Practitioners described intuition as experiential, emotive, cognitive, subconscious, and value-based, but never as supernatural or instinctive.Burkeand Miller embraced intuition as conceived by Barnard, expressing doubt in intuitive decision making as a mystical, primitive, and uncontrollable means of dealing with the real world.Intuition involves the interplay of implicitly learned experiences, tacit knowledge, and pattern recognition in providing justification for actions not necessarily observable as conscious rational thought (Burke and Miller (1999).
Intuitivejudgment comprises those evaluative and synthesizing processes involving the ability to assess the environment and compare it to experientially learned, complex, and domain-relevant models that enable rapid, confident decision making and problem solving, even in a context of ambiguity, temporal pressures, and evidentiary uncertainty (Burke and Miller (1999).Burke and Miller's salient conclusion set the tone for most subsequent studies of intuition: "Thus, intuition can be thought of as a cognitive conclusion based on a decision maker's previous experiences and emotional inputs" (p. 92).
Implications of the Study
Intuition may be necessary for senior leaders to effectively lead a global organization through the chaos and challenges of the 21st. Century.ExpertiseDefinitely a factor in senior leader performance at the executive level.Intuition at strategic levels transcends expert use of intuition, based on the bounded rationality inherent in strategic level leadership.CognitiveTask AnalysisCognitive task analysisplayslittle role in intuitive thinking.PatternRecognitionLived experiencesprovidesenior leaders with patterns on which to base actions.Intuition is spontaneousand holistically derived, not analytically deduced by incremental logical associations.
TacitKnowledge and Implicit LearningExperienceproduces tacitknowledge in an implicit learning process.Experiential learninggeneratesabstract tacit knowledge independent of conscious learning effort, which may be used intuitively to make sound decisions and solve new problems.SystemsComplexity and the Limits ofRationalityLinear, logical reasoningmaybe disadvantageous in the vague, rapidly changing environments in which senior leaders operate.Intuition'sApplicability to corporate strategyIn corporate contexts, resource and time constraints may overwhelm the capacity to process detailed information.Senior leaders follow nonlinear processes, rather than relying on rational, empirical approaches.
TheRole of Experience in the Development of IntuitionWhole lifeexperiences arethe primary factor in the development of intuitiveskill,decision making and problem solving, among strategic-level senior leaders.Senior leadersconceiveof experience in wide, holistic, and inclusive terms.Confidencein the Correctness of Intuitive JudgmentsSenior leaders routinely rely on intuition in their goal-oriented activities.They demonstrate confidence in the accuracy and correctness in the use of intuition.CognitiveApproaches to Taking ActionIntuition is seen as a non-rational process that takes place at a non-consciouslevel (Cunningham, 2012)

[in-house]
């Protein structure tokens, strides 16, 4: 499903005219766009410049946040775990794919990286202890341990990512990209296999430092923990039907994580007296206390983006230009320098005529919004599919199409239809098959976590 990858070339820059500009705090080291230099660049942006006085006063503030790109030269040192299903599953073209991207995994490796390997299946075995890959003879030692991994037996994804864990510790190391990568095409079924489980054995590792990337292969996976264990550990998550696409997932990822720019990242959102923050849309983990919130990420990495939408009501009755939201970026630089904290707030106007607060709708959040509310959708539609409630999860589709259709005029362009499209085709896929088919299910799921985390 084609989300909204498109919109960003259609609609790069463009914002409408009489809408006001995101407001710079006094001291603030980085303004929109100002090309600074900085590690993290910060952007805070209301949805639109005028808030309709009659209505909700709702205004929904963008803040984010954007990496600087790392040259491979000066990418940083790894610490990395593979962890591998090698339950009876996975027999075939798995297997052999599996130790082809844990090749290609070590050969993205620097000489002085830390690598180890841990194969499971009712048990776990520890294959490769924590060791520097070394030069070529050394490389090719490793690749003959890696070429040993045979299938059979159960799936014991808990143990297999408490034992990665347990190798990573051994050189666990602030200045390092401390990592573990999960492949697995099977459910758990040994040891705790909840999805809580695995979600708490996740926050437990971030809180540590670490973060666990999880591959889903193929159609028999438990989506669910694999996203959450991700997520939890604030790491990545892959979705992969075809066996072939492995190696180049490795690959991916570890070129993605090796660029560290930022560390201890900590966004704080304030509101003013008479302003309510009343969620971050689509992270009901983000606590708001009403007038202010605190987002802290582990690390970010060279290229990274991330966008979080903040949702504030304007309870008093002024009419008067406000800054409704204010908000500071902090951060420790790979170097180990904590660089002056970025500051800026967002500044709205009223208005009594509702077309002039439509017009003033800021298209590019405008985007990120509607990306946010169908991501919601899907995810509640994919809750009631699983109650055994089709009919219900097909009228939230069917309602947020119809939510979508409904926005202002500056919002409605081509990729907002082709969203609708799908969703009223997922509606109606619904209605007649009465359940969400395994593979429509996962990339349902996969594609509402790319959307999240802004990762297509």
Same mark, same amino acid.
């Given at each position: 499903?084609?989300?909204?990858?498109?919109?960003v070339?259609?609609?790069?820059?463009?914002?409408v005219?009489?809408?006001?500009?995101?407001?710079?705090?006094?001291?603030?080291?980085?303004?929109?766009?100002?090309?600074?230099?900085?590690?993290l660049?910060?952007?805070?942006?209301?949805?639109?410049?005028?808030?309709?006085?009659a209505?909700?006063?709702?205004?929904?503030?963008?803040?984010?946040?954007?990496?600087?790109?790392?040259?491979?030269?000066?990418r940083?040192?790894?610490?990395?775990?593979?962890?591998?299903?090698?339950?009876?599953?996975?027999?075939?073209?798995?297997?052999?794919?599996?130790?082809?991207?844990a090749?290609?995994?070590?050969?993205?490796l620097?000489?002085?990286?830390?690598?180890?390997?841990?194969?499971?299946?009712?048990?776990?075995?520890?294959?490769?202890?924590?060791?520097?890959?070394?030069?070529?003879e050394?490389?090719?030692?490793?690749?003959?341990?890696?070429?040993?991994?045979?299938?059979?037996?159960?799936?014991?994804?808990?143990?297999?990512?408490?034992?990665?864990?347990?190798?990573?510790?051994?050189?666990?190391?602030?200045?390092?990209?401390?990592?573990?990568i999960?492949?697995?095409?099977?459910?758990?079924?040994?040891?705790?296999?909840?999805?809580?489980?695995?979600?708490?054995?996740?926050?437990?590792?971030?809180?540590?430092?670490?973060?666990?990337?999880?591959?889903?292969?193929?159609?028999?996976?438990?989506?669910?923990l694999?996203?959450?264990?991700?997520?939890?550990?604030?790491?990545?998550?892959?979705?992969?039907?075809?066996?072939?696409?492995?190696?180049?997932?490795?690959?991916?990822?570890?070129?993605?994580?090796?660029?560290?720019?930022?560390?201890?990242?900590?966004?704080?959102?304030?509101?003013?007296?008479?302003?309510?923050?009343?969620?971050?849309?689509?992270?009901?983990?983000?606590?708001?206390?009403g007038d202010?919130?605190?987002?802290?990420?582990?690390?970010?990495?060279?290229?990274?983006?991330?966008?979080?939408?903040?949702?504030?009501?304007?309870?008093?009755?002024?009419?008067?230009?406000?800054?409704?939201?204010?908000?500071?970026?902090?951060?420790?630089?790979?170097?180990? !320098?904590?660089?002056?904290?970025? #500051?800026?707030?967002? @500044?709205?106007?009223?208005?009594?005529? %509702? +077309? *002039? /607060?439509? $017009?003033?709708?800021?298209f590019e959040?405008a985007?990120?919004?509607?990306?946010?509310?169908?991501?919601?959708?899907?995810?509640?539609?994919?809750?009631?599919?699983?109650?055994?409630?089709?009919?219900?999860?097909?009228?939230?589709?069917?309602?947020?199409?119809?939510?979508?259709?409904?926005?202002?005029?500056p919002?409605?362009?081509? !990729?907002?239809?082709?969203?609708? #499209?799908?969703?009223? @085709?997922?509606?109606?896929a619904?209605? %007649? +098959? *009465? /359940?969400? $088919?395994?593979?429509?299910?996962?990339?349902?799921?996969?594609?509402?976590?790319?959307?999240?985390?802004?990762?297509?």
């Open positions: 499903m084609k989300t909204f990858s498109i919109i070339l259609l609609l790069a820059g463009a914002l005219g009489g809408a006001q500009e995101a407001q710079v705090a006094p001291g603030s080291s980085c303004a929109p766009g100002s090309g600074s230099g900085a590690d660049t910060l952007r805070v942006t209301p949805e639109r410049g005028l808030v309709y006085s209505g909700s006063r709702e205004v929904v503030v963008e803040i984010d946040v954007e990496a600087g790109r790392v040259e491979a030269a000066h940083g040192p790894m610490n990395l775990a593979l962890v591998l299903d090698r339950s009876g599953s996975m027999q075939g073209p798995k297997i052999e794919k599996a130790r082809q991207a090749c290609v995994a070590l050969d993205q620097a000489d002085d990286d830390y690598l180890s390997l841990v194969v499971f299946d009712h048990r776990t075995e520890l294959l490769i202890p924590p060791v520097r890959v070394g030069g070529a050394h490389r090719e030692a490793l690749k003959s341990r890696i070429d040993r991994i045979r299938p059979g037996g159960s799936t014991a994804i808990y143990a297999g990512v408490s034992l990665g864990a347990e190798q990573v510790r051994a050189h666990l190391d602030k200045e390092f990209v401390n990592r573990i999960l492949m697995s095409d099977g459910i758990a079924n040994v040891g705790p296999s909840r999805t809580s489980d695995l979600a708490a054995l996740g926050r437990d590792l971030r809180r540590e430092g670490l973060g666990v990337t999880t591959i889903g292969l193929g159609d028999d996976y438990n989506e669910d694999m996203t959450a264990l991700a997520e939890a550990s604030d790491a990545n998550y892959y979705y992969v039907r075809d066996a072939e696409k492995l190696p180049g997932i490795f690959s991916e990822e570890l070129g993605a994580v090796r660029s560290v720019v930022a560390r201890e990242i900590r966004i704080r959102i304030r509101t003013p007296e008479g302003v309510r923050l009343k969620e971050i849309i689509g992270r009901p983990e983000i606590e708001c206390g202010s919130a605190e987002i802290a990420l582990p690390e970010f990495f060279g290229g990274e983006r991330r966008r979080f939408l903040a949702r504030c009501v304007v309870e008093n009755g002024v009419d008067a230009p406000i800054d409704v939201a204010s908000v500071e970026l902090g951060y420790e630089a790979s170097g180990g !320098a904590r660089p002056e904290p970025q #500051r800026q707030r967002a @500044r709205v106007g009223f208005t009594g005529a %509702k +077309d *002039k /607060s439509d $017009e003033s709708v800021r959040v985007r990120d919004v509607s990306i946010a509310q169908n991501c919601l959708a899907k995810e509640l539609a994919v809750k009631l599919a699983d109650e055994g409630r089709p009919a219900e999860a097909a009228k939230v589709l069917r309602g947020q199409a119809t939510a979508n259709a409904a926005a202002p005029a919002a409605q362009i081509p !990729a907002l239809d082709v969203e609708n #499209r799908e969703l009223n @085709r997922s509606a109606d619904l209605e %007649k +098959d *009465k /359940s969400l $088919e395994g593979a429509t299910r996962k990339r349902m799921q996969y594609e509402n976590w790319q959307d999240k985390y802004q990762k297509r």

Recommendations
Factorsworth furtherexploration.The affective role of emotion on intuition.Gender differences.Cross-cultural differences.Comparative study of Fortune 500 senior leaders and general military officers.
Summary
The role of intuitive decision making and problem solving takes on added importance at senior leader levels, where the focus of cognition is far-reaching and operational problems are complex and systemically ill-structured.Regardless of the organizational approach employed, success depends on clarity throughout the value chain and the exercise of sound oversight and coordination of operations and functions, which are no longer neatly self-contained
Intuitive judgment should be deemed a key indicator of the ability to lead at the senior level.This emphasis should be explicit, reflected in senior-level supervisory actions and established as standard personnel policy.As an executive rises through the organizational hierarchy, her supervisory leaders must facilitate implicit learning based on encounters with both success and failure to build a tacit experiential base for intuitive decision making and problem solving (Cunningham, 2012)
Dynamic, rapidly moving career fields may profit from hiring of senior-level leaders schooled and confident in the use of intuition over decades of experience, whom are not likely to confuse unfounded emotional hunches with sound intuitive judgment Mitchell, Friga, and Mitchell (2005).Despite a legacy of mistrust, two decades of recent studies have established a commonality of vision that suggestedBehlingandEckel's1991 challenge has been met and Barnard’s seminal insight was sound. The underlying philosophical assumptions largely remain consistent between foundational as well as 21st century authors.
Thank You
I appreciate the opportunity The Academic Forum afforded me to attend this conference and to make this presentation to my colleagues.You are invited to ask questions related to my presentation.
References
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An Exploration of Intuition Among Senior Leaders